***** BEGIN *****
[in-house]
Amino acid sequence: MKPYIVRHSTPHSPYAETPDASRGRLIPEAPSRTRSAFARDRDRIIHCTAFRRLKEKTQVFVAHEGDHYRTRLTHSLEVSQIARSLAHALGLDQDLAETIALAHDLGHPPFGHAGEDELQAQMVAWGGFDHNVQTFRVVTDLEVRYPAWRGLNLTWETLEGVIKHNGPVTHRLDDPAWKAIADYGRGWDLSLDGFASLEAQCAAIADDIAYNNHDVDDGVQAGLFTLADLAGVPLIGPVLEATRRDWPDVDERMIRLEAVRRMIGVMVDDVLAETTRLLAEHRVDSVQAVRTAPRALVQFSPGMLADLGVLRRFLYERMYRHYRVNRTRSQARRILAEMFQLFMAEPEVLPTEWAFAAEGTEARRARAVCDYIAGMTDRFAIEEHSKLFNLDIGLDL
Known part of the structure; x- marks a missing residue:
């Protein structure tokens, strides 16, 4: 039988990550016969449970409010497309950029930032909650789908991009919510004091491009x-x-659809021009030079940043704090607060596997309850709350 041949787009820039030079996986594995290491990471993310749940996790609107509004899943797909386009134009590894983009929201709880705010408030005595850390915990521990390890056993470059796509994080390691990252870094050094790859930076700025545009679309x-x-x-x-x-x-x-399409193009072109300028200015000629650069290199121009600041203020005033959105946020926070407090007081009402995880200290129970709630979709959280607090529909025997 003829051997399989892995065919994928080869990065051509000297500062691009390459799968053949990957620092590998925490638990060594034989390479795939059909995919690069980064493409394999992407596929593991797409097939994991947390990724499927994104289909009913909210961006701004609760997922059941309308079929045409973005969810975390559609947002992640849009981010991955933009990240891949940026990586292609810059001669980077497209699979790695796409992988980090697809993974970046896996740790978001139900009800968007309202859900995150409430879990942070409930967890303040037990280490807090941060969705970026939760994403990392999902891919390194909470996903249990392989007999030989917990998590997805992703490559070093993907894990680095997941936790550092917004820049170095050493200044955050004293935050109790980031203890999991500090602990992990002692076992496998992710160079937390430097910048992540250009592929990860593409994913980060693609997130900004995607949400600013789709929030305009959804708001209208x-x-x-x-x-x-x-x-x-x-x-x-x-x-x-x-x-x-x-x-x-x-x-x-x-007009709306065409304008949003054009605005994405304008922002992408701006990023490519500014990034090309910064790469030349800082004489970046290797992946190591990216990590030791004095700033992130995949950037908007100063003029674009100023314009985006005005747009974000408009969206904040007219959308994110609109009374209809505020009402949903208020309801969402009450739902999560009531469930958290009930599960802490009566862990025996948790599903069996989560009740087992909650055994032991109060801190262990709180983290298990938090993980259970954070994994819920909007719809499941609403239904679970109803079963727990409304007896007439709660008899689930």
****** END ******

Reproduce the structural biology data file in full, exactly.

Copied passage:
[in-house]
Amino acid sequence: MKPYIVRHSTPHSPYAETPDASRGRLIPEAPSRTRSAFARDRDRIIHCTAFRRLKEKTQVFVAHEGDHYRTRLTHSLEVSQIARSLAHALGLDQDLAETIALAHDLGHPPFGHAGEDELQAQMVAWGGFDHNVQTFRVVTDLEVRYPAWRGLNLTWETLEGVIKHNGPVTHRLDDPAWKAIADYGRGWDLSLDGFASLEAQCAAIADDIAYNNHDVDDGVQAGLFTLADLAGVPLIGPVLEATRRDWPDVDERMIRLEAVRRMIGVMVDDVLAETTRLLAEHRVDSVQAVRTAPRALVQFSPGMLADLGVLRRFLYERMYRHYRVNRTRSQARRILAEMFQLFMAEPEVLPTEWAFAAEGTEARRARAVCDYIAGMTDRFAIEEHSKLFNLDIGLDL
Known part of the structure; x- marks a missing residue:
């Protein structure tokens, strides 16, 4: 039988990550016969449970409010497309950029930032909650789908991009919510004091491009x-x-659809021009030079940043704090607060596997309850709350 041949787009820039030079996986594995290491990471993310749940996790609107509004899943797909386009134009590894983009929201709880705010408030005595850390915990521990390890056993470059796509994080390691990252870094050094790859930076700025545009679309x-x-x-x-x-x-x-399409193009072109300028200015000629650069290199121009600041203020005033959105946020926070407090007081009402995880200290129970709630979709959280607090529909025997 003829051997399989892995065919994928080869990065051509000297500062691009390459799968053949990957620092590998925490638990060594034989390479795939059909995919690069980064493409394999992407596929593991797409097939994991947390990724499927994104289909009913909210961006701004609760997922059941309308079929045409973005969810975390559609947002992640849009981010991955933009990240891949940026990586292609810059001669980077497209699979790695796409992988980090697809993974970046896996740790978001139900009800968007309202859900995150409430879990942070409930967890303040037990280490807090941060969705970026939760994403990392999902891919390194909470996903249990392989007999030989917990998590997805992703490559070093993907894990680095997941936790550092917004820049170095050493200044955050004293935050109790980031203890999991500090602990992990002692076992496998992710160079937390430097910048992540250009592929990860593409994913980060693609997130900004995607949400600013789709929030305009959804708001209208x-x-x-x-x-x-x-x-x-x-x-x-x-x-x-x-x-x-x-x-x-x-x-x-x-007009709306065409304008949003054009605005994405304008922002992408701006990023490519500014990034090309910064790469030349800082004489970046290797992946190591990216990590030791004095700033992130995949950037908007100063003029674009100023314009985006005005747009974000408009969206904040007219959308994110609109009374209809505020009402949903208020309801969402009450739902999560009531469930958290009930599960802490009566862990025996948790599903069996989560009740087992909650055994032991109060801190262990709180983290298990938090993980259970954070994994819920909007719809499941609403239904679970109803079963727990409304007896007439709660008899689930």